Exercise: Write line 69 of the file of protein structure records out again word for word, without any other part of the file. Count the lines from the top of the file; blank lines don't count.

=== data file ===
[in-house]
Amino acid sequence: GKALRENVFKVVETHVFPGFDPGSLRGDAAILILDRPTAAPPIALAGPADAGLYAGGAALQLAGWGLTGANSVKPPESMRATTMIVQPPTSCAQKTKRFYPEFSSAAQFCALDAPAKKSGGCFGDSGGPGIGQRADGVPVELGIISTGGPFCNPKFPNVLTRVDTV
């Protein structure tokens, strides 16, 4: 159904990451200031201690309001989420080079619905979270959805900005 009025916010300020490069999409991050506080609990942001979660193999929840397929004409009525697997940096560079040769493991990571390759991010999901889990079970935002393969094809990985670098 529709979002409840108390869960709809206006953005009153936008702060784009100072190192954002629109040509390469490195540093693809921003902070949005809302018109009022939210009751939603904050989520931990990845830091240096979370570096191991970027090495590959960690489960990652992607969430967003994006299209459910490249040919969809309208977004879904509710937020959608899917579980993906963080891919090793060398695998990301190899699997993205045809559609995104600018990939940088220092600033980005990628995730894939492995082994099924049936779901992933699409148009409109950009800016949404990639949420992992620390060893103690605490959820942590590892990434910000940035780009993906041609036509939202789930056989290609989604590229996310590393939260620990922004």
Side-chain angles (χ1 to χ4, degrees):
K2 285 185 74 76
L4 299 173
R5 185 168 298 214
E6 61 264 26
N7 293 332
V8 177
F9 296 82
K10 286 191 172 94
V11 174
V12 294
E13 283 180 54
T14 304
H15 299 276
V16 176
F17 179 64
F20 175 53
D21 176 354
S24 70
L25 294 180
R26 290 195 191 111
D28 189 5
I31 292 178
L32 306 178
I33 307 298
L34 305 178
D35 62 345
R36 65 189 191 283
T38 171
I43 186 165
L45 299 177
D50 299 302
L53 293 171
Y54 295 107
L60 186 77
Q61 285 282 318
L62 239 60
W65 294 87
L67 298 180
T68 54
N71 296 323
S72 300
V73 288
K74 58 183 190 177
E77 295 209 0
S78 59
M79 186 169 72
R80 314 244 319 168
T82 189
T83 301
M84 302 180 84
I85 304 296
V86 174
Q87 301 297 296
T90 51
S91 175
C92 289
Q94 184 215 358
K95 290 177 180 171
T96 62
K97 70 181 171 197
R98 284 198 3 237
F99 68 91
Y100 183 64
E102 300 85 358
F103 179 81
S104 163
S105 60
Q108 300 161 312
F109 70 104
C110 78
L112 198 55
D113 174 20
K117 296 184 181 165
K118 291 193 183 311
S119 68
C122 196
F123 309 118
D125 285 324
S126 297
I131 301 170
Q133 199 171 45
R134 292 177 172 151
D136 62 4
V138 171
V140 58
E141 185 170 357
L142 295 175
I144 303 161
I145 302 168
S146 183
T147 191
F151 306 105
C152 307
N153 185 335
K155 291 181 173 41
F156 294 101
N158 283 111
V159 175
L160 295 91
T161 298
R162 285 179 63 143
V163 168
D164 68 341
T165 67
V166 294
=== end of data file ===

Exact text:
F103 179 81